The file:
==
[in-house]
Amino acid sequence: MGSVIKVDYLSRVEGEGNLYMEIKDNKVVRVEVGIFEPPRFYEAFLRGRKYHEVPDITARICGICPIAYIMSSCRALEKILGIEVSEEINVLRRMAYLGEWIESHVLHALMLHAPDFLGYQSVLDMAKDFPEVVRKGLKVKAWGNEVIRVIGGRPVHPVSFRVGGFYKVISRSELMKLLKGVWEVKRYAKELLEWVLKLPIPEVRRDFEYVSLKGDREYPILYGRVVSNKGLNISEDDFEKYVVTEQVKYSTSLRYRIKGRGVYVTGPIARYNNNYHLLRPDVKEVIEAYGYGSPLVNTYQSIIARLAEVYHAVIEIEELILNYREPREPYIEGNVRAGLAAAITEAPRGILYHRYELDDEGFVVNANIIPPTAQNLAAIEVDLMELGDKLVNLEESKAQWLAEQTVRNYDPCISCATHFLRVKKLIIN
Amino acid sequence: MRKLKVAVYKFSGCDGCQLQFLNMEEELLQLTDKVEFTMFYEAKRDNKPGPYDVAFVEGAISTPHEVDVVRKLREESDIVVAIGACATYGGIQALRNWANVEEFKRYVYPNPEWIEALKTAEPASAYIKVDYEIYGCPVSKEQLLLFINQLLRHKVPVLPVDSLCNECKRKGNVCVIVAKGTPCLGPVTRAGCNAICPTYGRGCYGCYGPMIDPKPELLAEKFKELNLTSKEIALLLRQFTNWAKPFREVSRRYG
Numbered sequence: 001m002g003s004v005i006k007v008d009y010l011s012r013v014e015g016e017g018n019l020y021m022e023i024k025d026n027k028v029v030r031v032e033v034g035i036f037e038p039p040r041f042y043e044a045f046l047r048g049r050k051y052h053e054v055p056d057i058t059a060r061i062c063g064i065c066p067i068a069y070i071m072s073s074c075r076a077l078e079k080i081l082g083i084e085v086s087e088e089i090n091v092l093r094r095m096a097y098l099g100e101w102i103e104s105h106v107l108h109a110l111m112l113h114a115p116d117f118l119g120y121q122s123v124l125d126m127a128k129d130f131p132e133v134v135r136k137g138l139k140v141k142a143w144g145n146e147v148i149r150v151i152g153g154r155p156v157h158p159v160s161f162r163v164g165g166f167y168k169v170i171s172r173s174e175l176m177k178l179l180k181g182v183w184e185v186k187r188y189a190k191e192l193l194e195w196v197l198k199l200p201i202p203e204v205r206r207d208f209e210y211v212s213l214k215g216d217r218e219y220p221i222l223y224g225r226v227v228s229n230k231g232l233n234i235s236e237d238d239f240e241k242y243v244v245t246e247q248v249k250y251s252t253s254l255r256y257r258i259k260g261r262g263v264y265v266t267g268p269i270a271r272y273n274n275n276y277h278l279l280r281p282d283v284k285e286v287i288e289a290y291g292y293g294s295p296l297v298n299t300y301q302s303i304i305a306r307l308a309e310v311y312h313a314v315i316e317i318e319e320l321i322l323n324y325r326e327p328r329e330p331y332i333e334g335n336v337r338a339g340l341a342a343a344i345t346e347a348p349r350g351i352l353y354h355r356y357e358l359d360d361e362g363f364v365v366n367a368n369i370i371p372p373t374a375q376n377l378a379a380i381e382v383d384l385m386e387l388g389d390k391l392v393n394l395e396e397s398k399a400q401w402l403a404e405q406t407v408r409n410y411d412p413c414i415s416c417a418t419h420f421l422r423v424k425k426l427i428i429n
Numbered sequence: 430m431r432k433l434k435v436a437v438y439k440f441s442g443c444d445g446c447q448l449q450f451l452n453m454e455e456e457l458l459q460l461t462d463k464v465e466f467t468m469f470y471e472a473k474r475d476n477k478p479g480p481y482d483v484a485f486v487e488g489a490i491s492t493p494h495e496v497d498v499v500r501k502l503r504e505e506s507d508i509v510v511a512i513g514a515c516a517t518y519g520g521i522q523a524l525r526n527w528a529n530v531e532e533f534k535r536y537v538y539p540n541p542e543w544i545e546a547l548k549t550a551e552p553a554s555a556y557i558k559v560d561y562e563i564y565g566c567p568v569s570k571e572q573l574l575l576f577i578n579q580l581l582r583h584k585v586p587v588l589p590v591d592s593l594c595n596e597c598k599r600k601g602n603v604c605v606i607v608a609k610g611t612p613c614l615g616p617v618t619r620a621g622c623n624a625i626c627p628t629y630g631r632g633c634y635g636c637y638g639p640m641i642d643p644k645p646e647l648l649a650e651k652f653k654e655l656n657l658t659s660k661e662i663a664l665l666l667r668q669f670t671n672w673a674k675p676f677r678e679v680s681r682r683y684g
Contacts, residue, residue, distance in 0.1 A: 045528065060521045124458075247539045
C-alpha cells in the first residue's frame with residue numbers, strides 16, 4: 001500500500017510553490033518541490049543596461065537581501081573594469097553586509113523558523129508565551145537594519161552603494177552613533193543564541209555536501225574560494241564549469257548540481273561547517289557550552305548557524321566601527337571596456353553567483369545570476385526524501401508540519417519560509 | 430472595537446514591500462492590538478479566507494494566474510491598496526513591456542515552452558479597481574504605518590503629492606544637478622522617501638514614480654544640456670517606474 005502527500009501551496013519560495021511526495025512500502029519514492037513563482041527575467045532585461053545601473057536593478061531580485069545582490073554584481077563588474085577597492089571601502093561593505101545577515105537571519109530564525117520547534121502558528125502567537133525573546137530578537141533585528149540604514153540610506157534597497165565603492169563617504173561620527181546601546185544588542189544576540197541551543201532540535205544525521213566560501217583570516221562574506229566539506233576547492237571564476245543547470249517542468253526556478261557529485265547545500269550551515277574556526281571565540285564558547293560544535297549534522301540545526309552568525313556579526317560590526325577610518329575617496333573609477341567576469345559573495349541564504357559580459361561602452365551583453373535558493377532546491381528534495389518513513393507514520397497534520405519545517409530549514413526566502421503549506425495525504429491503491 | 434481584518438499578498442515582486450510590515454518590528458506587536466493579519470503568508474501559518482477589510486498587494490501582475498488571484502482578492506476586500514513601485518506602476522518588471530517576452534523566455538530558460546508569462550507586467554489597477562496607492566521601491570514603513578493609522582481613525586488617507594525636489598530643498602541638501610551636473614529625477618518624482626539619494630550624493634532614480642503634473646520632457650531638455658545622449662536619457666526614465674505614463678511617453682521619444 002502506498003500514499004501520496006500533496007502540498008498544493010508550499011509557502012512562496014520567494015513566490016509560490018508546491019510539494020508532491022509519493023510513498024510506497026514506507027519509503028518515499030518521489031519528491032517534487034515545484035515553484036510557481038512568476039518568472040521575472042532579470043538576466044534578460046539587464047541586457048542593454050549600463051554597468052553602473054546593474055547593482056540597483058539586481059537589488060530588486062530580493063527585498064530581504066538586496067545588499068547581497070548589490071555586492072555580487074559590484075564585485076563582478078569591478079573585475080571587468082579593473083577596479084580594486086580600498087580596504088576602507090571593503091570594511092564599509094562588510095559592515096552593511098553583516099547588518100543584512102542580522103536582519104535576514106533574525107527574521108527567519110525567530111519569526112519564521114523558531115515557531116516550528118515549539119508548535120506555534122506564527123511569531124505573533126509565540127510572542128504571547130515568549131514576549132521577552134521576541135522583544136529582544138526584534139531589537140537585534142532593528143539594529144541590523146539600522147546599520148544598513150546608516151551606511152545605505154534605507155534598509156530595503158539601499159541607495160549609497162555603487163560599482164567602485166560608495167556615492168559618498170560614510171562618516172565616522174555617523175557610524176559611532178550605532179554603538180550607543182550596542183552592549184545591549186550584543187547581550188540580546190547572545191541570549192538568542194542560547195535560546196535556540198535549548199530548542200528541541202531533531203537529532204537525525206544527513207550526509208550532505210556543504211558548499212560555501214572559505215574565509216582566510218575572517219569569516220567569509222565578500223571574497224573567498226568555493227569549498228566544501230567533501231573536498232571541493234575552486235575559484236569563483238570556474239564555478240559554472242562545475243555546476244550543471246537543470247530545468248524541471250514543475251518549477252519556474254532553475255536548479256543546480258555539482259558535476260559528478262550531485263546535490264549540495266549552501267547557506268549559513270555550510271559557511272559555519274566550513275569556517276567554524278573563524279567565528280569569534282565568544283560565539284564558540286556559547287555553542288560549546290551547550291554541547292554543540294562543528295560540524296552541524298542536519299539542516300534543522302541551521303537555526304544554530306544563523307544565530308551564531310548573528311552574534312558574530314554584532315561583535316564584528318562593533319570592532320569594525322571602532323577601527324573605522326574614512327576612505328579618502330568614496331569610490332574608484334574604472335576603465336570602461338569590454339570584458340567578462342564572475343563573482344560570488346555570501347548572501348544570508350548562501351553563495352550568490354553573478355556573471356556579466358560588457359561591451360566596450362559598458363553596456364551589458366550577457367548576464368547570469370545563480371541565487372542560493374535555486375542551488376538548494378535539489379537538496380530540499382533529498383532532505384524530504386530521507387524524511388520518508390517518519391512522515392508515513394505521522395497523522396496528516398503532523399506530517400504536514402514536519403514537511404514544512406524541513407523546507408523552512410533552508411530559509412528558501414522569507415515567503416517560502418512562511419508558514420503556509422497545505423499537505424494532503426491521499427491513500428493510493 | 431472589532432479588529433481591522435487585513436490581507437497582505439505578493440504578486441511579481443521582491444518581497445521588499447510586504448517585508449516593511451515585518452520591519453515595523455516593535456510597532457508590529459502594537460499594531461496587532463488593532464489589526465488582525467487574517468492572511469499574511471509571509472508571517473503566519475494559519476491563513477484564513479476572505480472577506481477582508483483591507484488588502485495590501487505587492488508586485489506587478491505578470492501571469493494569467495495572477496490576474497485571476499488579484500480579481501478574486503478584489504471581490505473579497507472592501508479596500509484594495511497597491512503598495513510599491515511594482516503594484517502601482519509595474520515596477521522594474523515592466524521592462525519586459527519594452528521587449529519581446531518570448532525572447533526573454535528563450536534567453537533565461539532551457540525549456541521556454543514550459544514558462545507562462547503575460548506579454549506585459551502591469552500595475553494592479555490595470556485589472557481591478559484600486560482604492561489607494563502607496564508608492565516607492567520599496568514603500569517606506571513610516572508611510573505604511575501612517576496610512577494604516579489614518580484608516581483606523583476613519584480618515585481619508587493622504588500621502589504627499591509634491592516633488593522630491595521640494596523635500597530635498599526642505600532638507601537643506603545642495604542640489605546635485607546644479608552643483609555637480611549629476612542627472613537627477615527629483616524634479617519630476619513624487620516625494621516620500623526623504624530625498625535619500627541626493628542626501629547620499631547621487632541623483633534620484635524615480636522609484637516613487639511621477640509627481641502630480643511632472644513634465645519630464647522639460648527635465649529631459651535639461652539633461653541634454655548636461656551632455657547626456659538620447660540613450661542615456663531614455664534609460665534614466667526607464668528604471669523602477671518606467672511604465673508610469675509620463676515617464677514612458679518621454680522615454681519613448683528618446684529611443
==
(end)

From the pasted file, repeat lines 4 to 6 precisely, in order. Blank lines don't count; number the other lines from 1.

Numbered sequence: 001m002g003s004v005i006k007v008d009y010l011s012r013v014e015g016e017g018n019l020y021m022e023i024k025d026n027k028v029v030r031v032e033v034g035i036f037e038p039p040r041f042y043e044a045f046l047r048g049r050k051y052h053e054v055p056d057i058t059a060r061i062c063g064i065c066p067i068a069y070i071m072s073s074c075r076a077l078e079k080i081l082g083i084e085v086s087e088e089i090n091v092l093r094r095m096a097y098l099g100e101w102i103e104s105h106v107l108h109a110l111m112l113h114a115p116d117f118l119g120y121q122s123v124l125d126m127a128k129d130f131p132e133v134v135r136k137g138l139k140v141k142a143w144g145n146e147v148i149r150v151i152g153g154r155p156v157h158p159v160s161f162r163v164g165g166f167y168k169v170i171s172r173s174e175l176m177k178l179l180k181g182v183w184e185v186k187r188y189a190k191e192l193l194e195w196v197l198k199l200p201i202p203e204v205r206r207d208f209e210y211v212s213l214k215g216d217r218e219y220p221i222l223y224g225r226v227v228s229n230k231g232l233n234i235s236e237d238d239f240e241k242y243v244v245t246e247q248v249k250y251s252t253s254l255r256y257r258i259k260g261r262g263v264y265v266t267g268p269i270a271r272y273n274n275n276y277h278l279l280r281p282d283v284k285e286v287i288e289a290y291g292y293g294s295p296l297v298n299t300y301q302s303i304i305a306r307l308a309e310v311y312h313a314v315i316e317i318e319e320l321i322l323n324y325r326e327p328r329e330p331y332i333e334g335n336v337r338a339g340l341a342a343a344i345t346e347a348p349r350g351i352l353y354h355r356y357e358l359d360d361e362g363f364v365v366n367a368n369i370i371p372p373t374a375q376n377l378a379a380i381e382v383d384l385m386e387l388g389d390k391l392v393n394l395e396e397s398k399a400q401w402l403a404e405q406t407v408r409n410y411d412p413c414i415s416c417a418t419h420f421l422r423v424k425k426l427i428i429n
Numbered sequence: 430m431r432k433l434k435v436a437v438y439k440f441s442g443c444d445g446c447q448l449q450f451l452n453m454e455e456e457l458l459q460l461t462d463k464v465e466f467t468m469f470y471e472a473k474r475d476n477k478p479g480p481y482d483v484a485f486v487e488g489a490i491s492t493p494h495e496v497d498v499v500r501k502l503r504e505e506s507d508i509v510v511a512i513g514a515c516a517t518y519g520g521i522q523a524l525r526n527w528a529n530v531e532e533f534k535r536y537v538y539p540n541p542e543w544i545e546a547l548k549t550a551e552p553a554s555a556y557i558k559v560d561y562e563i564y565g566c567p568v569s570k571e572q573l574l575l576f577i578n579q580l581l582r583h584k585v586p587v588l589p590v591d592s593l594c595n596e597c598k599r600k601g602n603v604c605v606i607v608a609k610g611t612p613c614l615g616p617v618t619r620a621g622c623n624a625i626c627p628t629y630g631r632g633c634y635g636c637y638g639p640m641i642d643p644k645p646e647l648l649a650e651k652f653k654e655l656n657l658t659s660k661e662i663a664l665l666l667r668q669f670t671n672w673a674k675p676f677r678e679v680s681r682r683y684g
Contacts, residue, residue, distance in 0.1 A: 045528065060521045124458075247539045